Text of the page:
Explanations can help resolve conflicts in information (Khemlani, 2018). Some explanations are non-causal in nature, but the vast majority of contemporary research into explanatory reasoning concerns causal explanations. For instance, a causal explanation for why, e.g., Ria was late to a meeting is that his car broke down. Previous studies show that people spontaneously generate causal explanations when they detect that a set of premises is inconsistent (Khemlani & Johnson-Laird, 2011). In a prior study, we tested whether people spontaneously produce non-causal, temporal explanations when provided with an inconsistent set of premises. Temporal explanations are explanations that appeal to events and their relations to one another in time. A temporal explanation for why Ria was late to work would be, e.g., that the meeting was rescheduled -- and so Ria was not, in fact, late. The explanation appeals to temporal, not causal relations, to resolve conflicts.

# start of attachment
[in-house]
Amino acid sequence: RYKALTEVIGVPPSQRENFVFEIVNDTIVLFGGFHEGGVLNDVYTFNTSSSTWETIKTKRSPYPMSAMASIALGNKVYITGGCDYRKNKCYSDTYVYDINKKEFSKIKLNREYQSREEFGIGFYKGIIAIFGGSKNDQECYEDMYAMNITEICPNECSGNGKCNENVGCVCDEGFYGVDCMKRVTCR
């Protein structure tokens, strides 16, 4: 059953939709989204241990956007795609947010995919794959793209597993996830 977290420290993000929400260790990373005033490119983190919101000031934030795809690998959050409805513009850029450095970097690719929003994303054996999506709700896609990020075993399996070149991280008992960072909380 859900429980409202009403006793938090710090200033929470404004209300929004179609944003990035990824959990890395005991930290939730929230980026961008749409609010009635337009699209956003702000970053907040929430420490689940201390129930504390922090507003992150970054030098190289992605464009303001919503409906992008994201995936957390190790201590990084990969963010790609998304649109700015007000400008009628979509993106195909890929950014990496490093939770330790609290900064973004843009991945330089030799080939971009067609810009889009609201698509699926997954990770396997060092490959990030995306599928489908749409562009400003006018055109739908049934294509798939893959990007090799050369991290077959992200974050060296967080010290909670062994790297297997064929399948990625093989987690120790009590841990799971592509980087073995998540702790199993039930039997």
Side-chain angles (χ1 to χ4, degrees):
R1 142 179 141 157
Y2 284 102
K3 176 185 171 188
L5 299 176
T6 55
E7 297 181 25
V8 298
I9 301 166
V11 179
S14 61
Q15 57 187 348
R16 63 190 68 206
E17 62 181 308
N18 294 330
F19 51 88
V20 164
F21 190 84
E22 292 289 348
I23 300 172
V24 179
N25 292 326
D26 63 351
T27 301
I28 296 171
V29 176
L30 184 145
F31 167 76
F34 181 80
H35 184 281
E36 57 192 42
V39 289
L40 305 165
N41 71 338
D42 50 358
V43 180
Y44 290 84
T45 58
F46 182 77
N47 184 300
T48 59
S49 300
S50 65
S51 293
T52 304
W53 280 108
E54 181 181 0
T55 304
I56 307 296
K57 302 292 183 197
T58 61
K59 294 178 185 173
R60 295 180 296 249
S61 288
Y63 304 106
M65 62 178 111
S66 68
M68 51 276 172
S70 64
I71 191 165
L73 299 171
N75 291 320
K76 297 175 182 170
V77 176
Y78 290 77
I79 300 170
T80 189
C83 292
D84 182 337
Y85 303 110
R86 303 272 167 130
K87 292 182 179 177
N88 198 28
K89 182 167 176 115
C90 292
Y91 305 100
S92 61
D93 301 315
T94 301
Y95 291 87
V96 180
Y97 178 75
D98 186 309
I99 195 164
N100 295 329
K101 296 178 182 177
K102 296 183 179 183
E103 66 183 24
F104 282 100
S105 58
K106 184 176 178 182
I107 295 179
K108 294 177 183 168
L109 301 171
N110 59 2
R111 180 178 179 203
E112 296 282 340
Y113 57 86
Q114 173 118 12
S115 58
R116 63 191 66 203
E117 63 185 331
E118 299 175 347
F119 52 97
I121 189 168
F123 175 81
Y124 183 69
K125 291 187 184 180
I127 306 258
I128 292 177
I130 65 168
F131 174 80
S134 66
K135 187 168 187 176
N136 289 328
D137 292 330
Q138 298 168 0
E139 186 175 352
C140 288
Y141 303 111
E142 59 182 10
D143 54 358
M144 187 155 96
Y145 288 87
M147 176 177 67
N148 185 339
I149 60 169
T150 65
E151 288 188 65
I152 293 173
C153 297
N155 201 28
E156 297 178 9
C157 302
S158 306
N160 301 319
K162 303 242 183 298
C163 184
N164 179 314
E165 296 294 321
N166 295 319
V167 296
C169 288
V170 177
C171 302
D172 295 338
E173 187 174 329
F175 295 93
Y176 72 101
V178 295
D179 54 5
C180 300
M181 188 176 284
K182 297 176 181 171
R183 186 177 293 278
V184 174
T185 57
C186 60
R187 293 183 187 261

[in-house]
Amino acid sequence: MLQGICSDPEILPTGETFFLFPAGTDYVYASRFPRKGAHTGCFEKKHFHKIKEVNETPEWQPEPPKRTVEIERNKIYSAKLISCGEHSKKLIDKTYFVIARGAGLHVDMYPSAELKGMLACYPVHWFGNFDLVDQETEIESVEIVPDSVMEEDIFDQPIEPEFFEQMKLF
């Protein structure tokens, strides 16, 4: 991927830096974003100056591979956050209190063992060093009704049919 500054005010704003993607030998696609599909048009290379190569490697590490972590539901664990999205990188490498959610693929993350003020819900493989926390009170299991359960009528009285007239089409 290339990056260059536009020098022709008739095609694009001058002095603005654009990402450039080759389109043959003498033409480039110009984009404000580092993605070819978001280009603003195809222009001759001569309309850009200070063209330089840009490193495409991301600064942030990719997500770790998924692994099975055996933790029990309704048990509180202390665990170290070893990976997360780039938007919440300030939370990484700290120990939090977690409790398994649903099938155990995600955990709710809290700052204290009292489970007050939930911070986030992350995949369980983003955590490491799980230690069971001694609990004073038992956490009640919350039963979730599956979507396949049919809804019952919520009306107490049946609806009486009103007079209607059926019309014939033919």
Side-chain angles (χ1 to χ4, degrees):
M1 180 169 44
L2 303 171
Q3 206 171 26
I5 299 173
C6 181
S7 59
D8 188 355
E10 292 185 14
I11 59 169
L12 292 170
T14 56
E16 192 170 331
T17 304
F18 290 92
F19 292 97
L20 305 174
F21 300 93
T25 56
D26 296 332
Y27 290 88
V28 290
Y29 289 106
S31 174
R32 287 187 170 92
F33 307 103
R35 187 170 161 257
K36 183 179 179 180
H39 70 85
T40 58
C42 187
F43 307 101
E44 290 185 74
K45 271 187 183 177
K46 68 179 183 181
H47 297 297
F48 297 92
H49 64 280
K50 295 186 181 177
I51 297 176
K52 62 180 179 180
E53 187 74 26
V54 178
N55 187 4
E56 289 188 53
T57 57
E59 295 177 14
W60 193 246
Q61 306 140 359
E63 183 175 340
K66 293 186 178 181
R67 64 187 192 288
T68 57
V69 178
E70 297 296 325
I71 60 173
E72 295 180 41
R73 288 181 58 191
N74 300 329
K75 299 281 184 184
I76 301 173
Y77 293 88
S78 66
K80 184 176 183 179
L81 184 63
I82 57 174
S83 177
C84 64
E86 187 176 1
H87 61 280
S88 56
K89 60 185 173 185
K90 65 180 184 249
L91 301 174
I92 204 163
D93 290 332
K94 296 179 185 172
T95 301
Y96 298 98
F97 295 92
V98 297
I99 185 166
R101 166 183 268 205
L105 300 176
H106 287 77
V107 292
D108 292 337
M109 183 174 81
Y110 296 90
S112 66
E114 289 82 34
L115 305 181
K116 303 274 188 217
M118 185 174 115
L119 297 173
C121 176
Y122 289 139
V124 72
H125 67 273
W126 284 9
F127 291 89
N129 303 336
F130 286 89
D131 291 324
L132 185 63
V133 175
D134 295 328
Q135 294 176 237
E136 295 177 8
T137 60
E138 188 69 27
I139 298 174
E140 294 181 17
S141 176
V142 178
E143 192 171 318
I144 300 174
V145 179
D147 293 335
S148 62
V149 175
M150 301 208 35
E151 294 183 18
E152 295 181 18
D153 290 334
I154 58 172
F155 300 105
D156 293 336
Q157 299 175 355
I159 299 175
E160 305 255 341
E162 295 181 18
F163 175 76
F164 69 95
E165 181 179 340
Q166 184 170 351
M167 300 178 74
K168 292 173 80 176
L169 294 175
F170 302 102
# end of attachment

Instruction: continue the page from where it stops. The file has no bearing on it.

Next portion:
In this experiment we present three options for resolving a conflict: an explanation as described above, a refutation (directly saying some of the given information is not true), and 'Nothing follows from the given information.'